Collection Mary J. Morgan, New York, 1886. 
Owner, Estate of the late Mrs. Alice Newcomb. 

No. 63 



No. 63 



Height, %,% inches; width, 18^ inches. 

A young girl with upraised eyes is represented almost facing 
the spectator, her hands loosely clasped and inclined toward 
her right shoulder. Her hair, of the tint blond cen&re, is irregu- 
larly parted on the crown, waves over the forehead and floats 
down behind her shoulders, forming a silhouette against the 
dark brownish drab background. The flesh tones are grayish, 
faintly pink on the cheeks. The figure, seen as far as the waist, 
is dressed in a gray-blue robe. 

Signed above the lower right, "A. Piot." 
Purchased from Reichart $• Company, New York, 1884. 
Collection Mary J. Morgan, New York, 1886. 
Owner, Estate of the late Mrs. Emily H. Moir. 

No. 64 

FRENCH, 1825-1905 


Height, S5Vo inches; width, Sl 1 /^ inches. 

Cupid, as a nude child, is seated in the open air on a turquoise 
drapery. His head, covered with glossy brown curls, two of 
which fall over the forehead, is inclined over the right shoulder, 
as he glances to the left with a slight smile. The figure is dis- 
posed in profile to the right, the line of the back forming a 
diagonal, as the child rests his hands on his crossed feet. The 
right hand grasps a bow; the left, an arrow. In the back- 
ground at the left appears the lower part of a tree stem, while 
at the right a dark green spiky shrub rises out of some grass, 
sprinkled with flowers. 

Signed at the lower left, "W. Bouguereau." 
Purchased from S. P. Avery, New York, 1884. 
Collection Mary J. Morgan, New York, 1886. 
Owner, Estate of the late Mrs. Emily H. Moir. 

No. 65 

ITALIAN, 1844 


Height, 26 inches; width, 21% inches. 

In the luxurious salon of a French mansion two young women 
snuggle on a sofa. One, who is seated in careless comfort, one 
foot doubled under her, is singing for her own amusement, ac- 
companying herself on the lyre. She is of fair complexion, 
pink cheeks and red lips, with a red rose in her blond hair 
which is worn in a high coiffure. She wears a pearl-white 
gown cut low and open in front, with a high Elizabethan collar 
at the back. Her brunette companion, in a purple dress of low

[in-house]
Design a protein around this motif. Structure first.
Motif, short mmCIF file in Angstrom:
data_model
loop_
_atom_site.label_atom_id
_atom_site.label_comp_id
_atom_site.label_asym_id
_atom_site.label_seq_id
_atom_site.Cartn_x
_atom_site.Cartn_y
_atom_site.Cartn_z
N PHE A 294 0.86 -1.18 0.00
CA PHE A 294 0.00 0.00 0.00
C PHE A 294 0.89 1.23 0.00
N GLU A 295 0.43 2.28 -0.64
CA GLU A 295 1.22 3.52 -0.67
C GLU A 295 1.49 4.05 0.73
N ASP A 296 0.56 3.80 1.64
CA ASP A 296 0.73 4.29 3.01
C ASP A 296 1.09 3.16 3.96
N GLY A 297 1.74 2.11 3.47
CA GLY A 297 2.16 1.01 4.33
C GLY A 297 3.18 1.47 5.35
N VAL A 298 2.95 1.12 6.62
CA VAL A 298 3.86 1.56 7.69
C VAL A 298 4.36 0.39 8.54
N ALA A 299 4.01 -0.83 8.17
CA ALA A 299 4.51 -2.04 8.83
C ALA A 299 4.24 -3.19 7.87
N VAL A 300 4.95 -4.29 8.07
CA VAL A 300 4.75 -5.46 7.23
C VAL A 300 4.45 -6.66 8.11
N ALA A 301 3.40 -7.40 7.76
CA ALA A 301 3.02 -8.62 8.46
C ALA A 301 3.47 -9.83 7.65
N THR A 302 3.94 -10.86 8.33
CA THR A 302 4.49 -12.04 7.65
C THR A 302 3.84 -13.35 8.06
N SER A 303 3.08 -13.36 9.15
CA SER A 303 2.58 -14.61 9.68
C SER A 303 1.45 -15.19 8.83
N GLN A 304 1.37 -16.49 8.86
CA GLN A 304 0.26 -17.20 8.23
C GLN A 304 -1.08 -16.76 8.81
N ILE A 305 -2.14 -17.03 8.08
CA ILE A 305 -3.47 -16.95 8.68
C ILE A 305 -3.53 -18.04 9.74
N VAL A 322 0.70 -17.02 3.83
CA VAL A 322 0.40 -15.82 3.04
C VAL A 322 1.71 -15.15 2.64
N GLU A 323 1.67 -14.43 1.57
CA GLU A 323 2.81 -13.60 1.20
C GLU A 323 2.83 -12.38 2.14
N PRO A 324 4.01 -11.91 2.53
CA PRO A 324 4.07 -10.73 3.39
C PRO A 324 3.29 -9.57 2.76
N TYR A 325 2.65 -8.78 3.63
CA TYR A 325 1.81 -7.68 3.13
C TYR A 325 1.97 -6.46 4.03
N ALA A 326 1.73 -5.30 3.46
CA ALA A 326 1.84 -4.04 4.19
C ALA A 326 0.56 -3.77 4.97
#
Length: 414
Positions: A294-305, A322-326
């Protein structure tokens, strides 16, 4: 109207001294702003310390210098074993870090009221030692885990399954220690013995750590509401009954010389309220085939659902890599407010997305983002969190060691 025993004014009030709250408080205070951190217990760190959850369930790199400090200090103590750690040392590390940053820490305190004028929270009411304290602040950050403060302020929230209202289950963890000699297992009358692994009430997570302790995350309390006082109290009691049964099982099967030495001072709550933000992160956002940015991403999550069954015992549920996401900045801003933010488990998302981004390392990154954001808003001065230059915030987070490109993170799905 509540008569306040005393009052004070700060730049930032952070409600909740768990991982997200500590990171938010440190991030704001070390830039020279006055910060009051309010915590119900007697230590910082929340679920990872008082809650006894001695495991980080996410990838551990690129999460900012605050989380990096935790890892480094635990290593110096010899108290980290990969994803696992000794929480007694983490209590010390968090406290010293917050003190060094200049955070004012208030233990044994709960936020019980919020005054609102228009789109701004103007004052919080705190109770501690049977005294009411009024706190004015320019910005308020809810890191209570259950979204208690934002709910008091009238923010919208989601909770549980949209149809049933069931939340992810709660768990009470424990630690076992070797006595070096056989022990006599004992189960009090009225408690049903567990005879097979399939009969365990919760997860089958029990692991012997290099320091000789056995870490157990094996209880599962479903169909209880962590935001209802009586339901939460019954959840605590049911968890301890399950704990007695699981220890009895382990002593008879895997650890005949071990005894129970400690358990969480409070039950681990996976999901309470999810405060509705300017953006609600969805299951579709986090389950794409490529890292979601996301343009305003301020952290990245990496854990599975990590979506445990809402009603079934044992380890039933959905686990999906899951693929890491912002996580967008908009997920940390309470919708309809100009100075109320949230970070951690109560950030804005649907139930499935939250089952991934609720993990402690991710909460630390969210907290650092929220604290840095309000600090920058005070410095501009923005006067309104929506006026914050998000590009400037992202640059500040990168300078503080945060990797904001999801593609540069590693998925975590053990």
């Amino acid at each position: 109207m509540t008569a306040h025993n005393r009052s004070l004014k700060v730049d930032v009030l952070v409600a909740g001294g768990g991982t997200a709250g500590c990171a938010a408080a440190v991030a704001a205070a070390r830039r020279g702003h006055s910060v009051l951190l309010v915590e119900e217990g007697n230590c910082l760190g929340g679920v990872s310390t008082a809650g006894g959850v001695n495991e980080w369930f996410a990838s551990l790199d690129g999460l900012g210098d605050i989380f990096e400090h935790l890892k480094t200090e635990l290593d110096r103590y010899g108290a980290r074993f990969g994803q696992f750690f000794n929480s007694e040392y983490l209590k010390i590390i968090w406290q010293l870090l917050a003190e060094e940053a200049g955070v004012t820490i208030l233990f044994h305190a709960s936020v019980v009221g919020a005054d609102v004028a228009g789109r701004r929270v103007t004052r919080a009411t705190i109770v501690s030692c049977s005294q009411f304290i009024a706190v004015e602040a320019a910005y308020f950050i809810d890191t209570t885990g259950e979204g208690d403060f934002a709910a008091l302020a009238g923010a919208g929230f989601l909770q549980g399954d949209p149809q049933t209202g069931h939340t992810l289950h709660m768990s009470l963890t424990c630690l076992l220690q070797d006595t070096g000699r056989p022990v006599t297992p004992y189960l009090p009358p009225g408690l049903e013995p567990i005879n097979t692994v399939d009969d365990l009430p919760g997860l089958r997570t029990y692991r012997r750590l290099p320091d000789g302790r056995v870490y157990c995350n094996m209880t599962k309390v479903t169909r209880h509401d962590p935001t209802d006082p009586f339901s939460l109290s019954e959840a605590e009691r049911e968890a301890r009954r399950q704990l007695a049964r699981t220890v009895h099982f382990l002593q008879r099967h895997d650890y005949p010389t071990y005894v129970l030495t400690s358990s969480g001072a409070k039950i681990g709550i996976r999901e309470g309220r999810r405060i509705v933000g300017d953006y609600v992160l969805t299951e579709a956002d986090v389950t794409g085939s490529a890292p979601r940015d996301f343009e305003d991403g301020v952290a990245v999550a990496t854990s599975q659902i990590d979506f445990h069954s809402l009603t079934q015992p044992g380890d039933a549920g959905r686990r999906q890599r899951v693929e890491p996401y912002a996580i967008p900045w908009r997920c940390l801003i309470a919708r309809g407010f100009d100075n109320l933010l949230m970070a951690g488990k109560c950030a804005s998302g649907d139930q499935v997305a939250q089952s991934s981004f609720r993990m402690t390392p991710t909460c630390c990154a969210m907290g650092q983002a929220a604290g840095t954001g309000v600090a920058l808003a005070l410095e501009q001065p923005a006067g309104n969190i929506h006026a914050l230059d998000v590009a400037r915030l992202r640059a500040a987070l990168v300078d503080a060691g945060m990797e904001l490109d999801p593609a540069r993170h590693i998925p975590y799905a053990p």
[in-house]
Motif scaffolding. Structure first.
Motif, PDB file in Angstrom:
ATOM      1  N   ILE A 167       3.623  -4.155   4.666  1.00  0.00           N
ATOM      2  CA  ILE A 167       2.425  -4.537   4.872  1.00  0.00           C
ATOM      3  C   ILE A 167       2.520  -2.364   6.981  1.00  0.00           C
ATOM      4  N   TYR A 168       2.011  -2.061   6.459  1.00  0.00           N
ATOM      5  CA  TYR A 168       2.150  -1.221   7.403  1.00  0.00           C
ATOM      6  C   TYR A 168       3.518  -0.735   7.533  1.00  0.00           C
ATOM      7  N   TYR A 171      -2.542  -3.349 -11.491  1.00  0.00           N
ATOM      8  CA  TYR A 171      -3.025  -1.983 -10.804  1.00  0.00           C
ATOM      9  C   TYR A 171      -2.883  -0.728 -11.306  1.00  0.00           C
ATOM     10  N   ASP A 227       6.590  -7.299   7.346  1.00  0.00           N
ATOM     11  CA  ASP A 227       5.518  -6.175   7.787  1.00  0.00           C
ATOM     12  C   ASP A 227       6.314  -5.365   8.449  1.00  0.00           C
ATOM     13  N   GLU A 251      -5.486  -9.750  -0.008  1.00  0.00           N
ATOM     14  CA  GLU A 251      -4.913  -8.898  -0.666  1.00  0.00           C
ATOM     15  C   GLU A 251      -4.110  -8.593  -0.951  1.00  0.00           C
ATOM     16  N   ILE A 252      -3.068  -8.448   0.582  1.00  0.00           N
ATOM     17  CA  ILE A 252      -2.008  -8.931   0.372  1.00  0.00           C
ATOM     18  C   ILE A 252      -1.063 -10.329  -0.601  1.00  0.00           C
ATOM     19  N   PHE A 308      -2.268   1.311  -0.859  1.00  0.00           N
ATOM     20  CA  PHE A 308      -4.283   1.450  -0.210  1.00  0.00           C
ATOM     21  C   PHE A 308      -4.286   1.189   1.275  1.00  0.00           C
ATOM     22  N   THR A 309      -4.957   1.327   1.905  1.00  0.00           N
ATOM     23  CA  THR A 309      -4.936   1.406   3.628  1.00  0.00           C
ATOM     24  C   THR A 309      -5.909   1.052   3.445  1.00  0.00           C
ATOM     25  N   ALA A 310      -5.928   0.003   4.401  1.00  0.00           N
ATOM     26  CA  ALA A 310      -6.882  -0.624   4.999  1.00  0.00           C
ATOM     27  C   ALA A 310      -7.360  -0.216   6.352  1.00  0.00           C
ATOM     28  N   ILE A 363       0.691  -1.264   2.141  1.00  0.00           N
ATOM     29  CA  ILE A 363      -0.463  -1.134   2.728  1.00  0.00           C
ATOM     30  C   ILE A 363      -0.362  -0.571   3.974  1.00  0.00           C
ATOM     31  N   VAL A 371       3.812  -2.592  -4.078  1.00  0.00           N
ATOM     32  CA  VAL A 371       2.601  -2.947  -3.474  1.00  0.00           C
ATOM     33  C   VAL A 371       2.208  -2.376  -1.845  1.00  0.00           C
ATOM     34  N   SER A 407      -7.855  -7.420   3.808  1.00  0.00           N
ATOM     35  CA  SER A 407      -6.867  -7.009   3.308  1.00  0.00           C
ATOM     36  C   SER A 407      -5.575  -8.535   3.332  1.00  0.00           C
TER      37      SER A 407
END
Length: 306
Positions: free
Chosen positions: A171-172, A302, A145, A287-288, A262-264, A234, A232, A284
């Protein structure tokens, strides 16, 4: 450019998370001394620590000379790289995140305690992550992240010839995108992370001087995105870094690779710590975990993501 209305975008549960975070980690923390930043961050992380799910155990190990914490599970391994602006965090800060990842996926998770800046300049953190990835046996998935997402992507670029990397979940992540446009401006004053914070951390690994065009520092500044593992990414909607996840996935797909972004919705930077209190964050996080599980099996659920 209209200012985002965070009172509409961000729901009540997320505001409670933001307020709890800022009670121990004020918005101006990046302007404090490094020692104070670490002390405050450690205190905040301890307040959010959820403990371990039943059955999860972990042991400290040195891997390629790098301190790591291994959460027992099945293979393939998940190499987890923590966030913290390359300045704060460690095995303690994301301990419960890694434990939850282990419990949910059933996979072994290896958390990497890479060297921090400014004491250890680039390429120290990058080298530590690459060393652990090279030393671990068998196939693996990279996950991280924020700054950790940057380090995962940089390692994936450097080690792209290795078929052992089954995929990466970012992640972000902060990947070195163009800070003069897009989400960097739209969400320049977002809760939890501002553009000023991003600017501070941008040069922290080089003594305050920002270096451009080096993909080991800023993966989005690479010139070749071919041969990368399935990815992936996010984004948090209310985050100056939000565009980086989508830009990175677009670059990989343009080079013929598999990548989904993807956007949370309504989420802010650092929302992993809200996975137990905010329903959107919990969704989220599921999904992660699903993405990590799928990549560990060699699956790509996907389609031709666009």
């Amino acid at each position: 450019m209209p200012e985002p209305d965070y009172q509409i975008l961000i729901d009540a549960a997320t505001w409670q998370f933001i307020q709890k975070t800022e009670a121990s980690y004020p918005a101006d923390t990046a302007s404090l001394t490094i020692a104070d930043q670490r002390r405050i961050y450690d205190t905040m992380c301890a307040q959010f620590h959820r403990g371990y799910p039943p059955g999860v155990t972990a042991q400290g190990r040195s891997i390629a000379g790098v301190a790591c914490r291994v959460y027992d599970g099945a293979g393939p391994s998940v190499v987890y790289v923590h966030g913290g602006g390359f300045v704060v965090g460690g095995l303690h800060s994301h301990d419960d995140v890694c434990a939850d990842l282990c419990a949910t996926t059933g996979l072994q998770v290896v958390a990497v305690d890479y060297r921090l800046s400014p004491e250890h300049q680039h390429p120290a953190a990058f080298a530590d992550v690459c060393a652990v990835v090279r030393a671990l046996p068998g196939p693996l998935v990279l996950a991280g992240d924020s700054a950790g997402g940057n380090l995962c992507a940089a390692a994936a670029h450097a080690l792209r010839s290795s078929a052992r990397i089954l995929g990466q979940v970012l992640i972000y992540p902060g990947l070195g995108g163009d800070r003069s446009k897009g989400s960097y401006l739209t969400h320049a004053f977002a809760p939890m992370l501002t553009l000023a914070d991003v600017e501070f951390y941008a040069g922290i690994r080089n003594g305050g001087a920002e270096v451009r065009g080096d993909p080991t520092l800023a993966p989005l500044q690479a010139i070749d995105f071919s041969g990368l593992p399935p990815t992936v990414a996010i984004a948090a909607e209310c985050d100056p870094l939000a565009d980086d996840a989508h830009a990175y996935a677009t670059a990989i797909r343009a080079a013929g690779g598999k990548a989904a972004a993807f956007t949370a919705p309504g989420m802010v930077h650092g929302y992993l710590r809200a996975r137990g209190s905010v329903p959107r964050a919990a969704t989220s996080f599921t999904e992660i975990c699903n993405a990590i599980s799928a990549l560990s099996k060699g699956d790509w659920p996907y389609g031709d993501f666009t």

corsage, reclines against her, one foot resting on the polished 
floor, a long gloved arm raised over her head, its hand resting 
against the other's cheek. The room is done in white and gold, 
with elaborate hangings of brilliant colors — azure and vermil- 
ion, black and gray — its furniture being tapestried. A ruby 
mantle has been dropped over a chair, and an open door reveals 
a corridor and another room with walls of malachite-green. 

Signed at the left, "Boldini, '75." 
Purchased from M. Knoedler cy Co., New York. 
Owner, Estate of the late George Crocker. 

No. 66 

AMERICAN, 1836-1892 


Height, I8V2 inches; length, 301/2 inches. 

A rocky, yet verdure-covered waste, such as are not unfamiliar 
in bleak New England, even elsewhere than on No Man's 
Land. A pool in the central foreground is surrounded by lush 
growths of vegetation, and reflects the changing lights and 
shadows of a boisterous sky. Clouds, heavy and dark, are chas- 
ing their lighter precursors across the firmament, only here and 
there permitting a small spot of the hopeful blue to appear. 
Beside the pool at the left a lone tree spreads a stunted growth 
of branches over the pool's edge and the adjacent land. Be- 
yond it are seen a hunter and his dog. To the right the land 
rises sharply, but only leading to more equally cheerless coun- 
try. In the middle distance, however, the sunlight falls through 
cloud-rifts, illuminating the rugged countryside and giving it, 
there, an aspect of severe and lonely welcome. 

Signed at the right, "A. H. Wyant." 
Owner, Estate of the late Frederic Bonner. 

No. 67 



Height, 18 inches; length, 30 inches 

Across the foreground flows a broad river whose slow-moving 
waters reflect the lightening clouds of early morning, and the 
silhouettes of a city on the farther bank, behind which the tinges 
of a rosy dawn brighten the horizon. In the center of the land- 
scape rises a church with a heavy square tower, and at the left 
an obelisk. In the stream against the bank some tall-sparred 
sailing boats are anchored, still carrying their riding lights, 
which add their own reflections to the many seen in the cool and 
partly shadowed yet many-lighted waters. To this painting a 
gold medal of honor was awarded by the American Art Asso- 
ciation of the City of New York at the Second Prize Fund 
Exhibition, 1886. 

Signed at the right, "D. W. Tryon, 1885." 
Owner, Estate of the late Frederic Bonner. 

No. 68